What type of data should be collected related to ICT use in education?
Not to mention:
What type of data could be collected,
given that so little of it was being rigorously gathered
across the world as a whole,
relevant to rich and poor countries alike,
in ways that permitted comparisons across regions and countries?
Comparing ICT use in education across all countries was quite difficult back then. In 2003/2004, the single most common question related to the use of ICTs in education I was asked when meeting with ministers of education was: What should be our target student:computer ratio? Now, one can certainly argue with the premise that this should have been the most commonly posed question (the answer from many groups and people soon became -- rather famously, in fact -- '1-to-1', e.g. 'one laptop per child'). That said, the fact that we were unable to offer globally comparable data in response to such a seemingly basic question did little to enhance the credibility of those who argued this was, in many ways, the wrong question to be asking. Comparing ICT use in education across all countries remains difficult today -- but in many regards, this task is becoming much easier.
One consistent theme that I hear quite often from policymakers with an interest in, and/or responsibility for, the use of ICTs in their country's education system is that they want to 'learn from the best'. Often times, 'best' is used in ways that are synonymous with 'most advanced', and 'most advanced' essentially is meant to describe places that have 'lots of technology'. Conventional wisdom in many other parts of the world holds that, if you want to 'learn from the best', you would do well to look at what is happening in places like the United States, Canada, Australia, the United Kingdom, South Korea and Singapore. (Great internal 'digital divides' of various sorts persist within some of these places, of course, but such inconvenient truths challenge generalizations of these sorts in ways that are, well, inconvenient.) Policymakers 'in the know' broaden their frame of reference a bit, taking in a wider set of countries, like those in Scandinavia, as well as some middle income countries like Malaysia and Uruguay that also have 'lots of technology' in their schools. Whether or not these are indeed the 'best' places to look for salient examples of relevance to the particular contexts at hand in other countries is of course a matter of some debate (and indeed, the concept of 'best' is highly problematic -- although that of 'worst' is perhaps less so), there is no question that these aren't the only countries with lots of ICTs in place (if not always in use) in their education systems.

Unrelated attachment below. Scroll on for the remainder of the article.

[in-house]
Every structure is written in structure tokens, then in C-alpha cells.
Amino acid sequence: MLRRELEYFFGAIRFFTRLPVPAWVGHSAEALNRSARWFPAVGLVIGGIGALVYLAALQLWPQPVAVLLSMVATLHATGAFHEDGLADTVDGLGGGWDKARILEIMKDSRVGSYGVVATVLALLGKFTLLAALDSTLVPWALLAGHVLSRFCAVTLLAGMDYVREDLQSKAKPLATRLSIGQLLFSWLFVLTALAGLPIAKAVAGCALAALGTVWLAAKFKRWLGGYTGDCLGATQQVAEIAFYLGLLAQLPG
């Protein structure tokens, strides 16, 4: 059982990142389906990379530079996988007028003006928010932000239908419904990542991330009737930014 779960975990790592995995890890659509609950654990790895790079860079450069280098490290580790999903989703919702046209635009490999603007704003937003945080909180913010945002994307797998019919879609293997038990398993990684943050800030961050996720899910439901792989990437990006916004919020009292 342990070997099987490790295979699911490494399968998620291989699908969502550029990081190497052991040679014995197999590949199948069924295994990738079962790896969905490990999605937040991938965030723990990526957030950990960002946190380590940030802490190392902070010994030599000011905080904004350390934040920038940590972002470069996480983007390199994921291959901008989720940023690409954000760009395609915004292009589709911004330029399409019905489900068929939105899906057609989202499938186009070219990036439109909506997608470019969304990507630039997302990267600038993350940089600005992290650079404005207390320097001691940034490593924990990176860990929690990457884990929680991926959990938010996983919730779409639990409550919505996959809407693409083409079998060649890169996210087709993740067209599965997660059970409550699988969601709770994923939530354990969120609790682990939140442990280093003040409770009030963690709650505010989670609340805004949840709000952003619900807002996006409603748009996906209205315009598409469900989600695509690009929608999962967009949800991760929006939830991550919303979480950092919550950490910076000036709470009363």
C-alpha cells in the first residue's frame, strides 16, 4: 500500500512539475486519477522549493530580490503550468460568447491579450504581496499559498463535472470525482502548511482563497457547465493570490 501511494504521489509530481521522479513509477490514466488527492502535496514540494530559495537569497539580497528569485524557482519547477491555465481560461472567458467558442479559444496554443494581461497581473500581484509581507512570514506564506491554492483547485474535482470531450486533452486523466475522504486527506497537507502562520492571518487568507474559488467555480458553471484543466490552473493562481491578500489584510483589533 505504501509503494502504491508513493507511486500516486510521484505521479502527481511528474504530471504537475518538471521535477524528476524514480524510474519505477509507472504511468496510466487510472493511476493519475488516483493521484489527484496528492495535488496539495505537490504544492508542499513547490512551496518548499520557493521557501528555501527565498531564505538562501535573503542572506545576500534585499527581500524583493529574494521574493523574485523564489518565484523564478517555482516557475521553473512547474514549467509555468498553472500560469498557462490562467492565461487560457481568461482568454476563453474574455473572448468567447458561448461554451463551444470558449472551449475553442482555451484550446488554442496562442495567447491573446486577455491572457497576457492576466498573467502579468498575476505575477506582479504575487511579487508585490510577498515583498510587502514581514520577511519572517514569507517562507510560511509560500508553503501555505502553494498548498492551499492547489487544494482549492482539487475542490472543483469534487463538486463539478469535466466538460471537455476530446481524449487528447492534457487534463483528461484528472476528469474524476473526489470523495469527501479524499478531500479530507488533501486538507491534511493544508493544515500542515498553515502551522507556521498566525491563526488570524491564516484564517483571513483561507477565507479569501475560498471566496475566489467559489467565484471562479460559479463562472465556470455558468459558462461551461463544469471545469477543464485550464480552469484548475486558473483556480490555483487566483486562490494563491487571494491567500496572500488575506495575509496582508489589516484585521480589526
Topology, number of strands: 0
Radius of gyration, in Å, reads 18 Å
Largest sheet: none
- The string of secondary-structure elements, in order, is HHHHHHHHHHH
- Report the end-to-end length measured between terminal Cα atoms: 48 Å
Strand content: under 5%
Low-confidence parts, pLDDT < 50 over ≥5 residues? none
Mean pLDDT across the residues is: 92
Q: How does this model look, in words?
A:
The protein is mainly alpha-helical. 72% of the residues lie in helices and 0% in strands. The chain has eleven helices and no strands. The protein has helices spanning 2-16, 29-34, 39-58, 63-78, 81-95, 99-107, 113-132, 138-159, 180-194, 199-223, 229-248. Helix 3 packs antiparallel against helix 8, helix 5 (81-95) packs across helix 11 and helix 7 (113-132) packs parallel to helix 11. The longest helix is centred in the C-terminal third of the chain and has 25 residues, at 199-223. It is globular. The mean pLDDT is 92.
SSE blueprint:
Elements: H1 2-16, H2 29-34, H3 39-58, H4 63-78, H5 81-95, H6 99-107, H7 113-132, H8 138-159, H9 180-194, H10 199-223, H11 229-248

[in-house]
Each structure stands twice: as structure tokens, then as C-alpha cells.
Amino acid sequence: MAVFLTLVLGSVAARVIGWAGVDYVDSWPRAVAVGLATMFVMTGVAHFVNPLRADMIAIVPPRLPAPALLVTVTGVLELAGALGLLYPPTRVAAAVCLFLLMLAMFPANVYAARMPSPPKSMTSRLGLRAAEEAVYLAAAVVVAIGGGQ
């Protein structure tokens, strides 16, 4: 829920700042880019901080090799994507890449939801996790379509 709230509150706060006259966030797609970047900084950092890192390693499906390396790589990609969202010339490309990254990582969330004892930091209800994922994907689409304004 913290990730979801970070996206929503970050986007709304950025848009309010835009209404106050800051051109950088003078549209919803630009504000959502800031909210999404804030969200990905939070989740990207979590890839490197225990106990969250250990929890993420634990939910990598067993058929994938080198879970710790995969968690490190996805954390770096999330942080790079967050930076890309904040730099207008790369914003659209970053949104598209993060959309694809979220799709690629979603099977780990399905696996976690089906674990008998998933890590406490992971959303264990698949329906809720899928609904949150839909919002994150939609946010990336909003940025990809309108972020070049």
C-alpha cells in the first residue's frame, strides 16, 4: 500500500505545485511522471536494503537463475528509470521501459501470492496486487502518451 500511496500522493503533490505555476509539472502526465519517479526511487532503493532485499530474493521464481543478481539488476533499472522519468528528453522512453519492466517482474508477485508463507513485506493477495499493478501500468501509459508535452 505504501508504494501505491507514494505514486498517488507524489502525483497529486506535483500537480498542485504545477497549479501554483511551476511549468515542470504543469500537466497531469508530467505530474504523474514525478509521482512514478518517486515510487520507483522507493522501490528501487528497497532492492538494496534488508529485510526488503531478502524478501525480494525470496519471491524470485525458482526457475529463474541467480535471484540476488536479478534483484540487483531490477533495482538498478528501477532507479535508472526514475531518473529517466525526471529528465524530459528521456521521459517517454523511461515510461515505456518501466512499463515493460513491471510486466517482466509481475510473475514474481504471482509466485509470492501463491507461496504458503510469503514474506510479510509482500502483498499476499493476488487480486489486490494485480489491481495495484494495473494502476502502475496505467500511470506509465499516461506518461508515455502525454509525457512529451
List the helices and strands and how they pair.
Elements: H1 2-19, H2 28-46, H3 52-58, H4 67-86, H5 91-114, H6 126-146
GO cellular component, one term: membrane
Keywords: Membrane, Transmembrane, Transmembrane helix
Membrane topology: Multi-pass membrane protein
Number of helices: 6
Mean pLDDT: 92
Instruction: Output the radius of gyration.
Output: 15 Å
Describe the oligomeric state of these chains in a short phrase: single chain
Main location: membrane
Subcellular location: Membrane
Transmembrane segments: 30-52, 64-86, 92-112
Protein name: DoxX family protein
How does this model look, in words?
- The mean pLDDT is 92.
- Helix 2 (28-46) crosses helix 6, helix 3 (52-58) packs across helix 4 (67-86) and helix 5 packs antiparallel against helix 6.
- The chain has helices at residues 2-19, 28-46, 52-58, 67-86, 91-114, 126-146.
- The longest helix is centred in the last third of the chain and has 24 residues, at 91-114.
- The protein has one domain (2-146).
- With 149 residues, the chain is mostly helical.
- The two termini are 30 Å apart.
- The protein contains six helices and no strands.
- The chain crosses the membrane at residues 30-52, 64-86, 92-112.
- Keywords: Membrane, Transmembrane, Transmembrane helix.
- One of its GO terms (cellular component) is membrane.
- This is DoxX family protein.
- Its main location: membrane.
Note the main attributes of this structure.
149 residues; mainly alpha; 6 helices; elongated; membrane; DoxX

What do we know about what is happening across Europe
related to the use of ICTs in schools?
Technology use in schools at reasonably large scale began in many OECD countries in earnest in the 1980s and then accelerated greatly in the 1990s, as the Internet and falling hardware prices helped convince education policymakers that the time was right to make large investments in ICTs. In most middle and low income countries, these processes began a little later, and have (until recently) proceeded more slowly. As a result, it was only about ten years ago, as education systems began to adopt and use ICTs in significant amounts (or planned to do so), that efforts to catalog and analyze what was happening in these sets of countries began in earnest. UNESCO-Bangkok's Meta-survey on the Use of Technologies in Education in Asia and the Pacific, published in 2003, was the first notable effort in this regard. A trio of subsequent efforts supported by infoDev (Africa in 2007; the Caribbean in 2009; and South Asia in 2010) helped to map out for the first time what was happening in other regions of the world related to the use of ICTs in education. While the information in such regional reports can rather quickly become dated in some cases, given the pace of technological change, they still provide useful points of departure for further inquiry. In some other parts of the world, even less has been published and made available for global audiences about how ICTs are being used in education.
Information about developments in many of the countries of the Soviet Union, for example, has not, for the most part, been widely disseminated outside the region (indeed, for many within the region as well!). The Moscow-based UNESCO Institute for Information Technologies in Education (IITE) has been perhaps the best 'one-stop shop' for information about ICT use in the region. Recent work by the Asian Development Bank has gone much further to help to fill in one of the most apparent 'blind spots' in our collective global understanding of how countries are using ICTs to help meet a variety of objectives within their formal education systems. ICT in Education in Central and West Asia [executive summary, PDF] summarizes research conducted over five years (2006-2011) in Azerbaijan, Kazakhstan, the Kyrgyz Republic, Tajikistan, and Uzbekistan, with shorter studies on Afghanistan, Armenia, Georgia, and Pakistan.
Over the past month, the EduTech Debate site has been featuring posts and comments from authors exploring various issues and opportunities presented by the phenomenon of so-called Massive Online Open Courses. While perhaps it hasn't been a 'debate' per se, it has featured responses and reactions from the authors to each other's posts, and I thought I'd quickly highlight the conversation that has been occurring over there, in case you may have missed it and doing so might be useful.